Many people automatically assume that individuals residing in rural areas are less prone to auto accidents than their counterparts who live in urban areas like Baltimore. However, you may find yourself surprised to learn that the opposite is the case.
Below, we’ll uncover what the statistics say about your prospects of becoming involved in a crash in a rural area versus an urban one. We’ll also delve into the reasons behind the data.
What Are Rural Versus Urban Crash Statistics?
Data published by the National Highway Traffic Safety Administration (NHTSA) shows that at least 58% of motor vehicle accidents happen in rural areas. If this statistic isn’t concerning enough, National Public Radio (NPR) research shows that an estimated 23% of United States residents reside in rural areas. This statistic makes it clear that despite the fact that fewer residents live in rural areas, they’re more likely to have crashes.
NPR researchers also discovered that crash rates in rural zones can be as high as 90% in some areas.
These statistics led researchers to conclude that the risk of motorists becoming involved in a crash is 2.5 times higher in rural areas than in urban ones.
What Makes Rural Areas So Unsafe for Drivers?
Reckless driving is the primary contributing factor in rural accidents. Driving behaviors that may fall into this category include:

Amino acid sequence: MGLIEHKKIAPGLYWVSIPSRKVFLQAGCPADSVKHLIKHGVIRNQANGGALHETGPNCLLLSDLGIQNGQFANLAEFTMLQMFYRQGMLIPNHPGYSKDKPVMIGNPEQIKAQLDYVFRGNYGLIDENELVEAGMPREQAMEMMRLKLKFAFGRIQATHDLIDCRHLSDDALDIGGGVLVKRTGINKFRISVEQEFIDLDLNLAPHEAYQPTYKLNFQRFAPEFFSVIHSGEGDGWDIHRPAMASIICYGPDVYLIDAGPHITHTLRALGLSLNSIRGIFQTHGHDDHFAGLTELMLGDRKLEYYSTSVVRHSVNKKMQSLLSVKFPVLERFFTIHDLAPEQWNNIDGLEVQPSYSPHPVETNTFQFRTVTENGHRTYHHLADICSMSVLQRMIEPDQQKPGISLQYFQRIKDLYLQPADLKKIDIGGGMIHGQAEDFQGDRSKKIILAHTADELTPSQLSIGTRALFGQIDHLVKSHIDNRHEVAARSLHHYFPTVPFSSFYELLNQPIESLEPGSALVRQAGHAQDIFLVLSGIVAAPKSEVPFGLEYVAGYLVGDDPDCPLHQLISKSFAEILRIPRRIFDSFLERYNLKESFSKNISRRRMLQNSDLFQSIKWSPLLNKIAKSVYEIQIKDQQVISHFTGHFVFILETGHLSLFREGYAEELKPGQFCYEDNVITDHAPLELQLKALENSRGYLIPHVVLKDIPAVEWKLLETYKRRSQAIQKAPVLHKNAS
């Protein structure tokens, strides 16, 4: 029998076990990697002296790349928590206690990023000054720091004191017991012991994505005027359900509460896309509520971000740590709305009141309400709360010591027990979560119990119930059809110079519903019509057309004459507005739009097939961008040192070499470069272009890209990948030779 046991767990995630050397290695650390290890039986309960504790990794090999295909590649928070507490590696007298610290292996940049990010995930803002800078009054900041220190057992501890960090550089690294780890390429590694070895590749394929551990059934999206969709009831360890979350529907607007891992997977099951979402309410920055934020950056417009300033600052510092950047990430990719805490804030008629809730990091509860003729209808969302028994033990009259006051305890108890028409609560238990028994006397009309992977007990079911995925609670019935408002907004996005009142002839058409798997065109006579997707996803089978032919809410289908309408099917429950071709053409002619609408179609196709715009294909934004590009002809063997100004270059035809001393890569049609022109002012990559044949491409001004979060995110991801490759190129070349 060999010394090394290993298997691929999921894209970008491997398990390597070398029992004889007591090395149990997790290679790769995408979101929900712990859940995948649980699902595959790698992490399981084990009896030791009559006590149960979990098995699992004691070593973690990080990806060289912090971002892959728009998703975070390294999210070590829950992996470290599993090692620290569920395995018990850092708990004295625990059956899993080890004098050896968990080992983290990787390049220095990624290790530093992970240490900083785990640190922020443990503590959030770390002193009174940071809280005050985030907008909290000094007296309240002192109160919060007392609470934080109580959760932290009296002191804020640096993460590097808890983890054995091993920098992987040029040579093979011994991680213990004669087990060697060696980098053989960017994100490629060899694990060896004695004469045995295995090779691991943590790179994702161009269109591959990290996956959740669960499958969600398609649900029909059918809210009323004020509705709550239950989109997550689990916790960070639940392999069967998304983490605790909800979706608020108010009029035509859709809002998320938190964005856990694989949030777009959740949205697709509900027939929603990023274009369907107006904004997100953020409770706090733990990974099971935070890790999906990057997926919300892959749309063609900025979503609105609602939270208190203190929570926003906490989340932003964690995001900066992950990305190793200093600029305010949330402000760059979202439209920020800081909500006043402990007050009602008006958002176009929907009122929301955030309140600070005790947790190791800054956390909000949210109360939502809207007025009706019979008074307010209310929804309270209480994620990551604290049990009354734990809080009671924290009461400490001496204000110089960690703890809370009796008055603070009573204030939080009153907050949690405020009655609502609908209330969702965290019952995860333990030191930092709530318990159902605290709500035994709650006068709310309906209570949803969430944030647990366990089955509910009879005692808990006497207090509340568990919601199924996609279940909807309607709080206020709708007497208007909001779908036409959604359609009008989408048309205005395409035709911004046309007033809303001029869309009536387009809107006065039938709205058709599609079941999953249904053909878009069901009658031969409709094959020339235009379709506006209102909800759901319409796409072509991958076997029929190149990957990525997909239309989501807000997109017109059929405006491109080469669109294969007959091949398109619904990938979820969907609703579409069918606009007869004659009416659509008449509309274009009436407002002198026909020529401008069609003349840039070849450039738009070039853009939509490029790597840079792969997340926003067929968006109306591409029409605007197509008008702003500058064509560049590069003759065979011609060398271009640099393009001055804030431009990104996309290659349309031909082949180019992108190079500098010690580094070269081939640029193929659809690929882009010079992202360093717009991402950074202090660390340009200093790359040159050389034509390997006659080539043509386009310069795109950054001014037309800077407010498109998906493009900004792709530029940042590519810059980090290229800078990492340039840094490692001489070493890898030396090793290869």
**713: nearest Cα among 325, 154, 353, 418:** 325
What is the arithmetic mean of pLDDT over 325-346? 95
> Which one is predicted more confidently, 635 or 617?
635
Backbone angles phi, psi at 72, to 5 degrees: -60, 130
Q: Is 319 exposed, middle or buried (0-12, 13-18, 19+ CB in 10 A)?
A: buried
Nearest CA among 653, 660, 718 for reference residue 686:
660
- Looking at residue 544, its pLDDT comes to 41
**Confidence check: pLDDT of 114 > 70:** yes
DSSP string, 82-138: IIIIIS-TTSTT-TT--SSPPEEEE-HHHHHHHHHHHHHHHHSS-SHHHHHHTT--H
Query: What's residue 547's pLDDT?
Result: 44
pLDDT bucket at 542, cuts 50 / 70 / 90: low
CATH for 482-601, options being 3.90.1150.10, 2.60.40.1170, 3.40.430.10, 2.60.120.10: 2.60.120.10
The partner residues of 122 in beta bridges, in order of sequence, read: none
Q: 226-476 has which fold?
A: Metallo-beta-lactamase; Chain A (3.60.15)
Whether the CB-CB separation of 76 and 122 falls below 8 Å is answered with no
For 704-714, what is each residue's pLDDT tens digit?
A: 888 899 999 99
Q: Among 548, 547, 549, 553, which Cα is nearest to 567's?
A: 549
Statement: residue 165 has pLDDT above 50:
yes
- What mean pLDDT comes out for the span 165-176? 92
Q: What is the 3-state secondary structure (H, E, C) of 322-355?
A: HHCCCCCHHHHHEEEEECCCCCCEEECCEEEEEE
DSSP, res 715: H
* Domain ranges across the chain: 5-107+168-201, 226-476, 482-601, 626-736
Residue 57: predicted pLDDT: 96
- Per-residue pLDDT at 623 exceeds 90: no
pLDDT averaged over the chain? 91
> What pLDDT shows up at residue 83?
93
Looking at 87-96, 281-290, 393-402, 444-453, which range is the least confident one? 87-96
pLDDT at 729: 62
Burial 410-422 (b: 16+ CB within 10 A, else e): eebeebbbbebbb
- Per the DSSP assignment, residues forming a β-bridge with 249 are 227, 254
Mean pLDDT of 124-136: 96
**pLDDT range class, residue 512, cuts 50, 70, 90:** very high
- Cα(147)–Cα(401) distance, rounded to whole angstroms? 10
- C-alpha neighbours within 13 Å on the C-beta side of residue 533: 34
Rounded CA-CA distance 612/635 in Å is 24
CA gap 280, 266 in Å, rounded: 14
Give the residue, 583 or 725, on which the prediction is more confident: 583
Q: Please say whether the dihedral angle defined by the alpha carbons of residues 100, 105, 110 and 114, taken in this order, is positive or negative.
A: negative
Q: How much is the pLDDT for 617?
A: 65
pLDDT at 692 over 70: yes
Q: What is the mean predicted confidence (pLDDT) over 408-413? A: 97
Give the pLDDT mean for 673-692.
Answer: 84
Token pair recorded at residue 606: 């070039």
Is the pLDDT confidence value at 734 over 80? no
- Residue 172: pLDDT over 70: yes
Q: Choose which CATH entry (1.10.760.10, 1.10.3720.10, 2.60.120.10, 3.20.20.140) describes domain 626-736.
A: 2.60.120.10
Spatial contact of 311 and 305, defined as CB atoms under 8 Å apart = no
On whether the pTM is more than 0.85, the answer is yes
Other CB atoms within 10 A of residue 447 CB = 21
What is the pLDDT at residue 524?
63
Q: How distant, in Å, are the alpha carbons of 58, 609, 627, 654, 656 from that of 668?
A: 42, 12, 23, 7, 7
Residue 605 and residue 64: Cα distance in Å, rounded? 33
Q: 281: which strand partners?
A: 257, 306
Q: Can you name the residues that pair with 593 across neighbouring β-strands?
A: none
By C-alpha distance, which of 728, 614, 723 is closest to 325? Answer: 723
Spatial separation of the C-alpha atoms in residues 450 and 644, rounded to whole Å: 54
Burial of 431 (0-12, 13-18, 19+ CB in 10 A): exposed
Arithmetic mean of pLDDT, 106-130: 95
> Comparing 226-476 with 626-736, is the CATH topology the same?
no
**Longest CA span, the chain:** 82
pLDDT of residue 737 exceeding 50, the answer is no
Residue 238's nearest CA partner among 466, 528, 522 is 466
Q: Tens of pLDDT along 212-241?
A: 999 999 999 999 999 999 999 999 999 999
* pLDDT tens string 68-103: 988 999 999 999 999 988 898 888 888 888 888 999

- Failing to maintain one’s lane
- Operating a vehicle under the influence of alcohol
- Failing to wear one’s seat belt
The potential for wildlife to run out in front of vehicles in rural areas is high and results in crashes as well.
What Impact Does Roadway Design Have on Crash Rates?
Researchers also agree that road design plays a significant factor in causing rural crashes compared to urban ones in the following ways:
Two-lane roads and missing barriers: Country roads are more apt to be two-lane, where only a double line separates head-on traffic from potential face-to-face contact. Urban motorists can generally rely on there being more lanes and barriers, including medians or concrete barriers, to separate them from one another.
Windy, narrow roads: Rural roads often navigate through communities where residents own larger parcels of land. As such, you’ll often find places where transportation officials put in winding, narrow roadways to ensure that they provide access but leave behind as little of a footprint on the land as possible. This type of roadway design leaves little margin for error. It presents a risk of a motorist becoming entangled in a crash if they temporarily navigate out of their lane.